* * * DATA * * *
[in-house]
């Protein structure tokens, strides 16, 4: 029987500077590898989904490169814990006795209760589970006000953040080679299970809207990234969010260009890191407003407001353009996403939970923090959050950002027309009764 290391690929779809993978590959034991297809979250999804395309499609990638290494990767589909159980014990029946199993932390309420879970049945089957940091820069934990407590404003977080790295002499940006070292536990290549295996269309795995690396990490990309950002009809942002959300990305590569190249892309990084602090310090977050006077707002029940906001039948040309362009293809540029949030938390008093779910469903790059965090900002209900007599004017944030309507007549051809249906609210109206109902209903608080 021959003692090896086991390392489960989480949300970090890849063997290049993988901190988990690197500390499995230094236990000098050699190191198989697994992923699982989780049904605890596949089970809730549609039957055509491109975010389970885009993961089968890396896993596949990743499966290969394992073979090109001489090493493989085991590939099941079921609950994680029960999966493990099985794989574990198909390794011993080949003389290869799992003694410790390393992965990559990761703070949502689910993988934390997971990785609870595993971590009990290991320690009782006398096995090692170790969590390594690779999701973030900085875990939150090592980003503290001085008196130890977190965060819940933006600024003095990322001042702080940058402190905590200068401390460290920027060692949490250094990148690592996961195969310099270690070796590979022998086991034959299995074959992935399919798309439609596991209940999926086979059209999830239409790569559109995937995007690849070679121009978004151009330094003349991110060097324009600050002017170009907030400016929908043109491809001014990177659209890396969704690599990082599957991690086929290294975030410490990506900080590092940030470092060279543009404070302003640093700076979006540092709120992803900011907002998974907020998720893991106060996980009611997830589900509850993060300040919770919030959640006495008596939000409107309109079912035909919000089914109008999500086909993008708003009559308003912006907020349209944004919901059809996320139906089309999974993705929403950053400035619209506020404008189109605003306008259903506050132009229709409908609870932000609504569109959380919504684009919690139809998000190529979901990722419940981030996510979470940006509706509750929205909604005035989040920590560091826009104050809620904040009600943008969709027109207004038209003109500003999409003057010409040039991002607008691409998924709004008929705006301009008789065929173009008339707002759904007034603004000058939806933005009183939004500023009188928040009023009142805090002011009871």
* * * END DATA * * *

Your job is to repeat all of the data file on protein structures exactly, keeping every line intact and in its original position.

[in-house]
């Protein structure tokens, strides 16, 4: 029987500077590898989904490169814990006795209760589970006000953040080679299970809207990234969010260009890191407003407001353009996403939970923090959050950002027309009764 290391690929779809993978590959034991297809979250999804395309499609990638290494990767589909159980014990029946199993932390309420879970049945089957940091820069934990407590404003977080790295002499940006070292536990290549295996269309795995690396990490990309950002009809942002959300990305590569190249892309990084602090310090977050006077707002029940906001039948040309362009293809540029949030938390008093779910469903790059965090900002209900007599004017944030309507007549051809249906609210109206109902209903608080 021959003692090896086991390392489960989480949300970090890849063997290049993988901190988990690197500390499995230094236990000098050699190191198989697994992923699982989780049904605890596949089970809730549609039957055509491109975010389970885009993961089968890396896993596949990743499966290969394992073979090109001489090493493989085991590939099941079921609950994680029960999966493990099985794989574990198909390794011993080949003389290869799992003694410790390393992965990559990761703070949502689910993988934390997971990785609870595993971590009990290991320690009782006398096995090692170790969590390594690779999701973030900085875990939150090592980003503290001085008196130890977190965060819940933006600024003095990322001042702080940058402190905590200068401390460290920027060692949490250094990148690592996961195969310099270690070796590979022998086991034959299995074959992935399919798309439609596991209940999926086979059209999830239409790569559109995937995007690849070679121009978004151009330094003349991110060097324009600050002017170009907030400016929908043109491809001014990177659209890396969704690599990082599957991690086929290294975030410490990506900080590092940030470092060279543009404070302003640093700076979006540092709120992803900011907002998974907020998720893991106060996980009611997830589900509850993060300040919770919030959640006495008596939000409107309109079912035909919000089914109008999500086909993008708003009559308003912006907020349209944004919901059809996320139906089309999974993705929403950053400035619209506020404008189109605003306008259903506050132009229709409908609870932000609504569109959380919504684009919690139809998000190529979901990722419940981030996510979470940006509706509750929205909604005035989040920590560091826009104050809620904040009600943008969709027109207004038209003109500003999409003057010409040039991002607008691409998924709004008929705006301009008789065929173009008339707002759904007034603004000058939806933005009183939004500023009188928040009023009142805090002011009871």